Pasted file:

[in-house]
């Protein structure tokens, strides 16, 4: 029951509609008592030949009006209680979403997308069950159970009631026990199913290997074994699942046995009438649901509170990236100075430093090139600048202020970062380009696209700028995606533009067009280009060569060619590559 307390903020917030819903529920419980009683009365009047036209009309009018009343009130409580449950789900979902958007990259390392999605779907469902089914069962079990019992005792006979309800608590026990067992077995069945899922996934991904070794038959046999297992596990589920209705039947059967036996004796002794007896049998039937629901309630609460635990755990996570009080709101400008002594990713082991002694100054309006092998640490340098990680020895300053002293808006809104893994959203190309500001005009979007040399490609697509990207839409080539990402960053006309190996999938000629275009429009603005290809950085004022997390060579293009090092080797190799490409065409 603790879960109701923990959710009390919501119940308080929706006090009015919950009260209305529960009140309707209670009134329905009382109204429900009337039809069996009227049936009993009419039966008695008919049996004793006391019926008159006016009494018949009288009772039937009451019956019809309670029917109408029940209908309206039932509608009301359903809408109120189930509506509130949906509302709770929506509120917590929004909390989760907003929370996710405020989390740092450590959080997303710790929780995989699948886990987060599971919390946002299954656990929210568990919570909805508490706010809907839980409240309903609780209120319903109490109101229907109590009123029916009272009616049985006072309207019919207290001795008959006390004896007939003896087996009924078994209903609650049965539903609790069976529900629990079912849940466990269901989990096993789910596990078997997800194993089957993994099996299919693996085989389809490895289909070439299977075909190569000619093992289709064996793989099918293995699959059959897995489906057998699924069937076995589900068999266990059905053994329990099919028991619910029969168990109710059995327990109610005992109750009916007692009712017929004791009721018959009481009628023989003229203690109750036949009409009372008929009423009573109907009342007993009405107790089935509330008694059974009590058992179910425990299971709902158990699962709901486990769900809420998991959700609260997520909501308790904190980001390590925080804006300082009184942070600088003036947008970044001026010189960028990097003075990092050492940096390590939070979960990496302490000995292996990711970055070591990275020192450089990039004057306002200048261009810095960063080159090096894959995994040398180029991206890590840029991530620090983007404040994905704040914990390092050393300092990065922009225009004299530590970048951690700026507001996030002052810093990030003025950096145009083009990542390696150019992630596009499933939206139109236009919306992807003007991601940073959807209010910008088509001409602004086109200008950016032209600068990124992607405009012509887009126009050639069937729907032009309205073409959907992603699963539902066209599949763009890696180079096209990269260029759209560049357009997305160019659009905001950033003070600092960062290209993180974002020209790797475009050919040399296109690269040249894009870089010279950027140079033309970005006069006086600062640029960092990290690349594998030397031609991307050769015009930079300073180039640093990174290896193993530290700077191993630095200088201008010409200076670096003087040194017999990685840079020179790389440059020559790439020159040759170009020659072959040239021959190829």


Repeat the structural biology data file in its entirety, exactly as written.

[in-house]
């Protein structure tokens, strides 16, 4: 029951509609008592030949009006209680979403997308069950159970009631026990199913290997074994699942046995009438649901509170990236100075430093090139600048202020970062380009696209700028995606533009067009280009060569060619590559 307390903020917030819903529920419980009683009365009047036209009309009018009343009130409580449950789900979902958007990259390392999605779907469902089914069962079990019992005792006979309800608590026990067992077995069945899922996934991904070794038959046999297992596990589920209705039947059967036996004796002794007896049998039937629901309630609460635990755990996570009080709101400008002594990713082991002694100054309006092998640490340098990680020895300053002293808006809104893994959203190309500001005009979007040399490609697509990207839409080539990402960053006309190996999938000629275009429009603005290809950085004022997390060579293009090092080797190799490409065409 603790879960109701923990959710009390919501119940308080929706006090009015919950009260209305529960009140309707209670009134329905009382109204429900009337039809069996009227049936009993009419039966008695008919049996004793006391019926008159006016009494018949009288009772039937009451019956019809309670029917109408029940209908309206039932509608009301359903809408109120189930509506509130949906509302709770929506509120917590929004909390989760907003929370996710405020989390740092450590959080997303710790929780995989699948886990987060599971919390946002299954656990929210568990919570909805508490706010809907839980409240309903609780209120319903109490109101229907109590009123029916009272009616049985006072309207019919207290001795008959006390004896007939003896087996009924078994209903609650049965539903609790069976529900629990079912849940466990269901989990096993789910596990078997997800194993089957993994099996299919693996085989389809490895289909070439299977075909190569000619093992289709064996793989099918293995699959059959897995489906057998699924069937076995589900068999266990059905053994329990099919028991619910029969168990109710059995327990109610005992109750009916007692009712017929004791009721018959009481009628023989003229203690109750036949009409009372008929009423009573109907009342007993009405107790089935509330008694059974009590058992179910425990299971709902158990699962709901486990769900809420998991959700609260997520909501308790904190980001390590925080804006300082009184942070600088003036947008970044001026010189960028990097003075990092050492940096390590939070979960990496302490000995292996990711970055070591990275020192450089990039004057306002200048261009810095960063080159090096894959995994040398180029991206890590840029991530620090983007404040994905704040914990390092050393300092990065922009225009004299530590970048951690700026507001996030002052810093990030003025950096145009083009990542390696150019992630596009499933939206139109236009919306992807003007991601940073959807209010910008088509001409602004086109200008950016032209600068990124992607405009012509887009126009050639069937729907032009309205073409959907992603699963539902066209599949763009890696180079096209990269260029759209560049357009997305160019659009905001950033003070600092960062290209993180974002020209790797475009050919040399296109690269040249894009870089010279950027140079033309970005006069006086600062640029960092990290690349594998030397031609991307050769015009930079300073180039640093990174290896193993530290700077191993630095200088201008010409200076670096003087040194017999990685840079020179790389440059020559790439020159040759170009020659072959040239021959190829």